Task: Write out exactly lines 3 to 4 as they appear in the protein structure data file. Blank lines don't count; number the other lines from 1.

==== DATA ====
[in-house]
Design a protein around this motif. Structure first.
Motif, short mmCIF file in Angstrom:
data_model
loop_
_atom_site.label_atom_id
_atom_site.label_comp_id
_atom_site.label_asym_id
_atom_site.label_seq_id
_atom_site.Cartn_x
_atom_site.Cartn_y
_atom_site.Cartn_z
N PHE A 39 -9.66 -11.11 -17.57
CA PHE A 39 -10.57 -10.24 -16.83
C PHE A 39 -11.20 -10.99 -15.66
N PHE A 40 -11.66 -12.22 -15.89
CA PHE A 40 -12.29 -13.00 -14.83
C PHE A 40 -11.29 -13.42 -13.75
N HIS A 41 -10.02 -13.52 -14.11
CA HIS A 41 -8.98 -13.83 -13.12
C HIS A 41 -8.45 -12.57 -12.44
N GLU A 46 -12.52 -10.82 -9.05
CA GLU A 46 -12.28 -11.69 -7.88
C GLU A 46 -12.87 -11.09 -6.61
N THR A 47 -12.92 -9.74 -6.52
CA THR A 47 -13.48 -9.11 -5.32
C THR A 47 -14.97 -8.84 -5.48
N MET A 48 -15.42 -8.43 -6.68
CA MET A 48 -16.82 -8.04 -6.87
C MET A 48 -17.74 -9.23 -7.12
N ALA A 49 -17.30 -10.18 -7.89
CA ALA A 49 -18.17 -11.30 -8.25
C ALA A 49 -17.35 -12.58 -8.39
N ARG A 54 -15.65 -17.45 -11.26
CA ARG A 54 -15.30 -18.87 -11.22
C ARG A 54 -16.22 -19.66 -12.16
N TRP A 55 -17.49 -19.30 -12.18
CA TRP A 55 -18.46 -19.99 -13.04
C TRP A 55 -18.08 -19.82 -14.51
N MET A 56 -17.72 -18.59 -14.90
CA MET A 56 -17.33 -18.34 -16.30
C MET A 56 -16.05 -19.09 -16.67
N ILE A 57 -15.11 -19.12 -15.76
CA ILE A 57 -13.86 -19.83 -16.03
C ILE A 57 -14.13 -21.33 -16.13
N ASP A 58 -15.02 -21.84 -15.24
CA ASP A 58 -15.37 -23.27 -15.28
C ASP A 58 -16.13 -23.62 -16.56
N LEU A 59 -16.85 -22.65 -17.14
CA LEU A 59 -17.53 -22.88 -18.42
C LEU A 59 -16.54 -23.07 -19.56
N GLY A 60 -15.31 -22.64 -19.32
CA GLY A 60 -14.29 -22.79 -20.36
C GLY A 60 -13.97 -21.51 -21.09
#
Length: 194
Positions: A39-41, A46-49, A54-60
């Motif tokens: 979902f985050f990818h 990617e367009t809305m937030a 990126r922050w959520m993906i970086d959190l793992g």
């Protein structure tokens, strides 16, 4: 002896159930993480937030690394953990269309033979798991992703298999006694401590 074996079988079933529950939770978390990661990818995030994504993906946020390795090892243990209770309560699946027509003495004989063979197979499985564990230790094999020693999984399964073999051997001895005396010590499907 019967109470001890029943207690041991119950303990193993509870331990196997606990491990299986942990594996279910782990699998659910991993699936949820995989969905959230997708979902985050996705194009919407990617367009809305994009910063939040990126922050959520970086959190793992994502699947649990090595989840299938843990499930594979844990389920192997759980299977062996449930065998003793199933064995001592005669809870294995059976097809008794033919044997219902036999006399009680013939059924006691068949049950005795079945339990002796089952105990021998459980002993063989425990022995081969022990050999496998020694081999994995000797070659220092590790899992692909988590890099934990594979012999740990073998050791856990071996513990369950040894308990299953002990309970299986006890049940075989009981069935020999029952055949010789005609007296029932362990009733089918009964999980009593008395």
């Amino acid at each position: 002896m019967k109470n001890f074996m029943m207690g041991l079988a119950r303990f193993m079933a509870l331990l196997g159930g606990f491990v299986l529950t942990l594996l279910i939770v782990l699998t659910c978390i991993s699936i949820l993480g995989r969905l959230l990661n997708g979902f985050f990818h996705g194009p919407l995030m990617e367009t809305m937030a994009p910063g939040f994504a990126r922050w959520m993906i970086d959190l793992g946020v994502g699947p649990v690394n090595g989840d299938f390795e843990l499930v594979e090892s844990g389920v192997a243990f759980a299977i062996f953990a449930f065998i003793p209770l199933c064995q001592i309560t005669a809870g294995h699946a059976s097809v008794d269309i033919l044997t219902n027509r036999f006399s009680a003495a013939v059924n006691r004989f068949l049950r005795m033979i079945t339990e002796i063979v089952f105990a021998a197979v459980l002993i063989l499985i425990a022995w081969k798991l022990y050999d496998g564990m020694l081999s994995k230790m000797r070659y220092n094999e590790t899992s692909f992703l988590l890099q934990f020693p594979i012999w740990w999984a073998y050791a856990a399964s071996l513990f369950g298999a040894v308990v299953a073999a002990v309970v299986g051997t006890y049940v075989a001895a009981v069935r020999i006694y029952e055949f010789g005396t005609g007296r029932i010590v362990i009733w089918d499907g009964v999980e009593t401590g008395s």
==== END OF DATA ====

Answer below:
Motif, short mmCIF file in Angstrom:
data_model